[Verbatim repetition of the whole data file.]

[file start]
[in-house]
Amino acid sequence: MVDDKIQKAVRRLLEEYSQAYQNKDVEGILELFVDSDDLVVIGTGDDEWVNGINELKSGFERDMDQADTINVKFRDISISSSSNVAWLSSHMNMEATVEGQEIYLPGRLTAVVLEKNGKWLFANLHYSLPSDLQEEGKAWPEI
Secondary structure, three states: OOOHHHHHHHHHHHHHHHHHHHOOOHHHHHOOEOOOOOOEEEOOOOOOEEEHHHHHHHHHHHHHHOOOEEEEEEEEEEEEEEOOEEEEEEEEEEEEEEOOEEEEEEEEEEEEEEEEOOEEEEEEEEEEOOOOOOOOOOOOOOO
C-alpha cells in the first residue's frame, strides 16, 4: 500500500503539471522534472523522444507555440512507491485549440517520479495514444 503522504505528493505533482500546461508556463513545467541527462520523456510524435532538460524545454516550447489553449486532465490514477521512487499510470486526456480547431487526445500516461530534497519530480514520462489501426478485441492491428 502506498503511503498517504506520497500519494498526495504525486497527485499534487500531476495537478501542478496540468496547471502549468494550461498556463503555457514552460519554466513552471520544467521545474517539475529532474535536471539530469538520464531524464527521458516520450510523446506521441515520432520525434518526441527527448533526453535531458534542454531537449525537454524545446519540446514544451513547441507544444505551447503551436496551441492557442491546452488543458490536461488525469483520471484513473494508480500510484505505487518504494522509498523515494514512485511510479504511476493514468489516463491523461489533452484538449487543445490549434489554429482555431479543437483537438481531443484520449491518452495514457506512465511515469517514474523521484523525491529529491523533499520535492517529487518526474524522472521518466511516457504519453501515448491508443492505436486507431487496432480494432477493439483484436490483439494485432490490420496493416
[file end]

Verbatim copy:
[in-house]
Amino acid sequence: MVDDKIQKAVRRLLEEYSQAYQNKDVEGILELFVDSDDLVVIGTGDDEWVNGINELKSGFERDMDQADTINVKFRDISISSSSNVAWLSSHMNMEATVEGQEIYLPGRLTAVVLEKNGKWLFANLHYSLPSDLQEEGKAWPEI
Secondary structure, three states: OOOHHHHHHHHHHHHHHHHHHHOOOHHHHHOOEOOOOOOEEEOOOOOOEEEHHHHHHHHHHHHHHOOOEEEEEEEEEEEEEEOOEEEEEEEEEEEEEEOOEEEEEEEEEEEEEEEEOOEEEEEEEEEEOOOOOOOOOOOOOOO
C-alpha cells in the first residue's frame, strides 16, 4: 500500500503539471522534472523522444507555440512507491485549440517520479495514444 503522504505528493505533482500546461508556463513545467541527462520523456510524435532538460524545454516550447489553449486532465490514477521512487499510470486526456480547431487526445500516461530534497519530480514520462489501426478485441492491428 502506498503511503498517504506520497500519494498526495504525486497527485499534487500531476495537478501542478496540468496547471502549468494550461498556463503555457514552460519554466513552471520544467521545474517539475529532474535536471539530469538520464531524464527521458516520450510523446506521441515520432520525434518526441527527448533526453535531458534542454531537449525537454524545446519540446514544451513547441507544444505551447503551436496551441492557442491546452488543458490536461488525469483520471484513473494508480500510484505505487518504494522509498523515494514512485511510479504511476493514468489516463491523461489533452484538449487543445490549434489554429482555431479543437483537438481531443484520449491518452495514457506512465511515469517514474523521484523525491529529491523533499520535492517529487518526474524522472521518466511516457504519453501515448491508443492505436486507431487496432480494432477493439483484436490483439494485432490490420496493416